I am writing as a citizen of Berkeley, who also happens to be a member of the BUSD School Board’s Budget and Finance Advisory Committee. I am also the father of three BUSD graduates and one current BUSD student. I join the community in sharing the deep concern with the proposed budget cuts.
There is no easy place to cut: class size, music, teacher staff compensation, athletics, under achievers, students with special needs - where is the easy target for the substantial cuts that must come? There is none, and if we think for a moment, we all know it.
But the need for substantial cuts is clear. There simply is not enough money to continue operations at the current level. But why, many ask, is this suddenly an issue? The answer is simple: the administering of the BUSD has been deplorable. The BUSD is not unique in this respect. One only has to look to neighboring Emeryville to find a district which is now bankrupt and under the control of the state. Berkeley is not far from this fate. The process of budget cutting now can either be done by the community, or it will be done by the state. We, the citizens, get to choose. If we act responsibly, Berkeley will remain in control; if not, the state will make the hard decisions.
Beyond the hard budget decisions, the BUSD must also address the lack of adequate management resources which has given rise to the current crisis, or more to the point, learn from the mistakes of the past. It would be easy to point fingers and lay blame – there are plenty of potentially culpable players. I have been impressed with how little talk of this nature I have heard. However, if we are to move forward, I believe that it would be helpful if we, the citizens of Berkeley, consider the role that we have played in this developing fiasco.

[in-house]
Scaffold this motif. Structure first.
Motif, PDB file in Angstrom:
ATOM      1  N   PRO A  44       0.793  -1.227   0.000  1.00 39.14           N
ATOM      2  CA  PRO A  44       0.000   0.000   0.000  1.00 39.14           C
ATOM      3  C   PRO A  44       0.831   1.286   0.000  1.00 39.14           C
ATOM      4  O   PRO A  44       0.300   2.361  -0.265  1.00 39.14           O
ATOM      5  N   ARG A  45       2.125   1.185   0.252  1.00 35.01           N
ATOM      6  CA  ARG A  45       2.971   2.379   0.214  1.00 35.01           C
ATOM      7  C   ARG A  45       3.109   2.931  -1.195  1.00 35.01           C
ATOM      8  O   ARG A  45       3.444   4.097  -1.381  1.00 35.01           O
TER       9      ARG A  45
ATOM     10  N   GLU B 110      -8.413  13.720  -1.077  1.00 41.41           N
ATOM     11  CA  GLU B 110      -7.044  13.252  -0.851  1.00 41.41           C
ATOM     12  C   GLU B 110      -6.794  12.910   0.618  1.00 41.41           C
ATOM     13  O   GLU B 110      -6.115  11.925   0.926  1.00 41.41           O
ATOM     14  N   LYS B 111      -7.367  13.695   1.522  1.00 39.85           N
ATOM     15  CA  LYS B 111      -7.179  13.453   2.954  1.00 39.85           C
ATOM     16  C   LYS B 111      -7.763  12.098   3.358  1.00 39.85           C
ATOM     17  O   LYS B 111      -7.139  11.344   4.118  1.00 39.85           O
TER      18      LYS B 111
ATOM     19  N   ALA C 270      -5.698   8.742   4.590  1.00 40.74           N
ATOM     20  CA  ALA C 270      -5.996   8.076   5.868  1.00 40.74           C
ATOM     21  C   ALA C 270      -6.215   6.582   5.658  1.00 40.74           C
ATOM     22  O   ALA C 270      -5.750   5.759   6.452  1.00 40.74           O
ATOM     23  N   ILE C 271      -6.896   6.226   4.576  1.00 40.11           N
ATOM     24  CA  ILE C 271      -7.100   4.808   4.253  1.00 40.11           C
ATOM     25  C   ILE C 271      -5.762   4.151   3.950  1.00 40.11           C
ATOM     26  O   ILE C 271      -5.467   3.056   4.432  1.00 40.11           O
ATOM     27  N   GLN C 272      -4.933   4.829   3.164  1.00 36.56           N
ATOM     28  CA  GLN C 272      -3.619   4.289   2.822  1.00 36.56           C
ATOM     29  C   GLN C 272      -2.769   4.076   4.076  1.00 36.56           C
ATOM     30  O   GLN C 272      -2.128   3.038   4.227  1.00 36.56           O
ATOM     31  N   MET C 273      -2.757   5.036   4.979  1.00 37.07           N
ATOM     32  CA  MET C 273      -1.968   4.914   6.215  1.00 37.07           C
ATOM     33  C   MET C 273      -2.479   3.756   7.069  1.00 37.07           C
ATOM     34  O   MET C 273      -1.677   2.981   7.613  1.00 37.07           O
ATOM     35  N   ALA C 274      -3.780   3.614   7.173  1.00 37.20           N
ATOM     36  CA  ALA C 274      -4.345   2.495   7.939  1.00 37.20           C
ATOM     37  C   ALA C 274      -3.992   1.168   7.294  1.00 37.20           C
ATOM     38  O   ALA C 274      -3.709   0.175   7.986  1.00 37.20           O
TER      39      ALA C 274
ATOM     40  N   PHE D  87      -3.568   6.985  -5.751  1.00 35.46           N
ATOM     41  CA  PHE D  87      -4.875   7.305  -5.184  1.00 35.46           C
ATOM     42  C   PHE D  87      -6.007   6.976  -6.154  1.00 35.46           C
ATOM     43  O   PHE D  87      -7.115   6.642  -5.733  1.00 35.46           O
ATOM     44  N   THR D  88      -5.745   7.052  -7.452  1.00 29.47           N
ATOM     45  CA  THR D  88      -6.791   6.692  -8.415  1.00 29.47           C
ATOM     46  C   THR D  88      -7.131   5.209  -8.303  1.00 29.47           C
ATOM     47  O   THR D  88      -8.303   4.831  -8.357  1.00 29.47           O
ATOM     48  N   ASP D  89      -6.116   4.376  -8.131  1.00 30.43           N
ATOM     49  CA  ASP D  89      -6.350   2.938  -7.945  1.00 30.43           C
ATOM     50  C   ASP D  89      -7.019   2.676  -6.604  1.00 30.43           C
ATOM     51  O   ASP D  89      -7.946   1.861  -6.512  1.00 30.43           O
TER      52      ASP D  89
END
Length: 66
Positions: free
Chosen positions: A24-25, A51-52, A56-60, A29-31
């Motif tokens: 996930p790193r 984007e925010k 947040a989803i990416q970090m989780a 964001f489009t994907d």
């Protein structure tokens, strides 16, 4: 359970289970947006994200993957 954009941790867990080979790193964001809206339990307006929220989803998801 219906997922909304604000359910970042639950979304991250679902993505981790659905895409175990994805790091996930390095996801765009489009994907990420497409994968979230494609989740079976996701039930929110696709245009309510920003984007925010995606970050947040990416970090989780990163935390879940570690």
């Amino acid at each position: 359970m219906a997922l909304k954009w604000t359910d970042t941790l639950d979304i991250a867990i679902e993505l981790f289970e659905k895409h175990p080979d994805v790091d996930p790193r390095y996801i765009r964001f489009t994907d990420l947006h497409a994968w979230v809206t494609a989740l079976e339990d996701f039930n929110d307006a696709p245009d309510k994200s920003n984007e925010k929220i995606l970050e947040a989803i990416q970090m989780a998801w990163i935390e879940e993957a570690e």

The fiscal problems which Michelle Lawrence, the new superintendent, has inherited and is now confronting are ultimately the responsibility of the voters of the City of Berkeley. We, the voters, have chosen and interact vociferously with our government. While school board members may express concern over administrative matters, the dialogue with the citizenry is almost exclusively focused on programs. The school board and school administration regularly encounter highly aroused and outspoken groups who are adamant in the promotion of their particular wishes. The discussion during elections and board meetings focus almost entirely on programs and compensation for teachers. The citizenry are very much in control, if informally, of the agenda. To the best of my knowledge, there has never been an outspoken group on the subject of school administration who has had any real impact.
During the annual budgetary process, BUSD administration has always served as an easy target. Thus we now have an outmoded computer system, poorly trained and inadequate staff, and a revolving door for management. How can it be a surprise that no one understood school finances? that there is no management information? that there are people collecting paychecks who have long ago left the employ of the district?
What is surprising is that we have a highly competent, dedicated new superintendent, who in turn has hired a seasoned financial administrator. They are working with the county and state, and addressing the problems head-on. This is a good development. What concerns me is that our community will revert to form when each of our favorite programs is cut as they inevitably will be, that the howl of protests will bring the process to a stand-still, and without the support our new administrators deserve, that we will drive them out of town. That would be a DISASTER. And part of our support must be investing in administration while cutting programs. An unpleasant concept, but essential if we are to move forward as we must.
Stoicism and a sense of community will get us through this. I also believe that when the voters of this fine city see that the school district can be managed responsibly that they will provide the resources that the school district requires in order to offer the education our children deserve.